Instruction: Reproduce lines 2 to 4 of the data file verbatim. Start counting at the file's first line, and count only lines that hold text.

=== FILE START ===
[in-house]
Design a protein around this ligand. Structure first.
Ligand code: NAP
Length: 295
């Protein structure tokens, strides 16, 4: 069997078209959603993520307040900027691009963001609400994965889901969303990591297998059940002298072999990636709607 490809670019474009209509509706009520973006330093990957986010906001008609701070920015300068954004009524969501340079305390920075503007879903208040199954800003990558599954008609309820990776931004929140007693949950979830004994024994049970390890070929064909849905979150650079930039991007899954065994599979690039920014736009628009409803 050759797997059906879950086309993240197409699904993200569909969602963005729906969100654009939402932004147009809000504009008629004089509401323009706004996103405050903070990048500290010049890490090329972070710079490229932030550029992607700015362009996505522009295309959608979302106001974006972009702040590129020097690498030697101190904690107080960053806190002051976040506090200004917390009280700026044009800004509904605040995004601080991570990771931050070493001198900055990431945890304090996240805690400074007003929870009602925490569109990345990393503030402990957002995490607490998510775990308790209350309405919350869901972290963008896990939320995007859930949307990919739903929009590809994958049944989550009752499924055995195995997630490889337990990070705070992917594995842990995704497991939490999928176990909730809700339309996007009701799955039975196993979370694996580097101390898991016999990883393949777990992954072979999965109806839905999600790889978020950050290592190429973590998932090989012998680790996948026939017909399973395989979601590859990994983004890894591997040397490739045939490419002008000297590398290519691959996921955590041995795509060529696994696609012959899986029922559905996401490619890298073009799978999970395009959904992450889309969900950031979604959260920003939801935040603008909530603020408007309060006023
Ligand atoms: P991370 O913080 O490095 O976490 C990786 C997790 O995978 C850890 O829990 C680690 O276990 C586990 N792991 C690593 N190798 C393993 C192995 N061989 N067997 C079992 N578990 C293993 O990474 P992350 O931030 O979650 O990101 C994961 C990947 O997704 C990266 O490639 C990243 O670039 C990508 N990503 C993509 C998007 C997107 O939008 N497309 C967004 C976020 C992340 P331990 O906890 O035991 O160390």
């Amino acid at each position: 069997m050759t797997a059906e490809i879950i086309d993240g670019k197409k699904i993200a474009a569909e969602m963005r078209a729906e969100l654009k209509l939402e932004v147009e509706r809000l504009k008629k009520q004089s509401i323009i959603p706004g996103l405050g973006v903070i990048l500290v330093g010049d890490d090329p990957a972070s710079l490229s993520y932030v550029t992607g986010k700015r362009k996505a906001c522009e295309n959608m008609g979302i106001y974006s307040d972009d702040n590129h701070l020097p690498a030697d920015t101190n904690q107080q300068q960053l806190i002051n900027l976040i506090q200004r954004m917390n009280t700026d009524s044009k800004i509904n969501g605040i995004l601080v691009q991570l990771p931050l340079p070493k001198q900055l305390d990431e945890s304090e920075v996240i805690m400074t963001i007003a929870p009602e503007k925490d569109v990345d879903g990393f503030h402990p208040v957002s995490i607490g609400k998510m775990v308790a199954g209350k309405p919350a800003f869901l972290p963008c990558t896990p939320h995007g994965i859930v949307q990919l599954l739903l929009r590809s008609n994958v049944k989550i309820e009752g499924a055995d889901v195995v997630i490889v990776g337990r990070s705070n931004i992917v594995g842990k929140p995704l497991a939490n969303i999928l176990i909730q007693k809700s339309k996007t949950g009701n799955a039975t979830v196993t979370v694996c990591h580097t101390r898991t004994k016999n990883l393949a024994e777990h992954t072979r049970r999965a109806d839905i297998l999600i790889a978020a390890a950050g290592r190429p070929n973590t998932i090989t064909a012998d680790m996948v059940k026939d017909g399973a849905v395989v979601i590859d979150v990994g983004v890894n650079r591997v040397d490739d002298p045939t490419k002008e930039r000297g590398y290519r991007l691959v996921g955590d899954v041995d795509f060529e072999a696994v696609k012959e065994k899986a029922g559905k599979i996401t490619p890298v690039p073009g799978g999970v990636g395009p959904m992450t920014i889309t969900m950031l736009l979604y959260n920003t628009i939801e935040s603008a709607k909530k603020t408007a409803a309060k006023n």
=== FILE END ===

Design a protein around this ligand. Structure first.
Ligand code: NAP
Length: 295